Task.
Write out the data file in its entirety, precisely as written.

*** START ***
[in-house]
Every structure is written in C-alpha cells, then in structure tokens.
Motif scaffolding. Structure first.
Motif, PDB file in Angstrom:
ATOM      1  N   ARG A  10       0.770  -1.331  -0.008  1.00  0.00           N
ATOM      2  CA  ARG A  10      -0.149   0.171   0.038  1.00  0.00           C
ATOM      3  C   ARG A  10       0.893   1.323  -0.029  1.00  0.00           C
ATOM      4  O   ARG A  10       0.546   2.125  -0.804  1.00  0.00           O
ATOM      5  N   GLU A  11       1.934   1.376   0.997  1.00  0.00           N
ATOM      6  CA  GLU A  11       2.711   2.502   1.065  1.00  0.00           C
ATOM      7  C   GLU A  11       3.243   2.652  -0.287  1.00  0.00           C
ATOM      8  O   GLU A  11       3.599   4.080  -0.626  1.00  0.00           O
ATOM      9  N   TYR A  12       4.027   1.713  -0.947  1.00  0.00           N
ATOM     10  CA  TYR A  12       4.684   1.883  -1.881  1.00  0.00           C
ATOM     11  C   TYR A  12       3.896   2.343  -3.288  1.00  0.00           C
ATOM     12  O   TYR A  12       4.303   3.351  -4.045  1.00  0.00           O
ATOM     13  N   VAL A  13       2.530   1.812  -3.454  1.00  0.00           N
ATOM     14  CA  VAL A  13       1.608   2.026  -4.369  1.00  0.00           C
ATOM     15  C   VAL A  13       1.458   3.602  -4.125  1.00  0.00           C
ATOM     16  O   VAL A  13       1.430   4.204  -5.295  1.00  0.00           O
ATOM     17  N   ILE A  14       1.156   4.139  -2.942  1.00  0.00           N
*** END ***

[in-house]
Every structure is written in C-alpha cells, then in structure tokens.
Motif scaffolding. Structure first.
Motif, PDB file in Angstrom:
ATOM      1  N   ARG A  10       0.770  -1.331  -0.008  1.00  0.00           N
ATOM      2  CA  ARG A  10      -0.149   0.171   0.038  1.00  0.00           C
ATOM      3  C   ARG A  10       0.893   1.323  -0.029  1.00  0.00           C
ATOM      4  O   ARG A  10       0.546   2.125  -0.804  1.00  0.00           O
ATOM      5  N   GLU A  11       1.934   1.376   0.997  1.00  0.00           N
ATOM      6  CA  GLU A  11       2.711   2.502   1.065  1.00  0.00           C
ATOM      7  C   GLU A  11       3.243   2.652  -0.287  1.00  0.00           C
ATOM      8  O   GLU A  11       3.599   4.080  -0.626  1.00  0.00           O
ATOM      9  N   TYR A  12       4.027   1.713  -0.947  1.00  0.00           N
ATOM     10  CA  TYR A  12       4.684   1.883  -1.881  1.00  0.00           C
ATOM     11  C   TYR A  12       3.896   2.343  -3.288  1.00  0.00           C
ATOM     12  O   TYR A  12       4.303   3.351  -4.045  1.00  0.00           O
ATOM     13  N   VAL A  13       2.530   1.812  -3.454  1.00  0.00           N
ATOM     14  CA  VAL A  13       1.608   2.026  -4.369  1.00  0.00           C
ATOM     15  C   VAL A  13       1.458   3.602  -4.125  1.00  0.00           C
ATOM     16  O   VAL A  13       1.430   4.204  -5.295  1.00  0.00           O
ATOM     17  N   ILE A  14       1.156   4.139  -2.942  1.00  0.00           N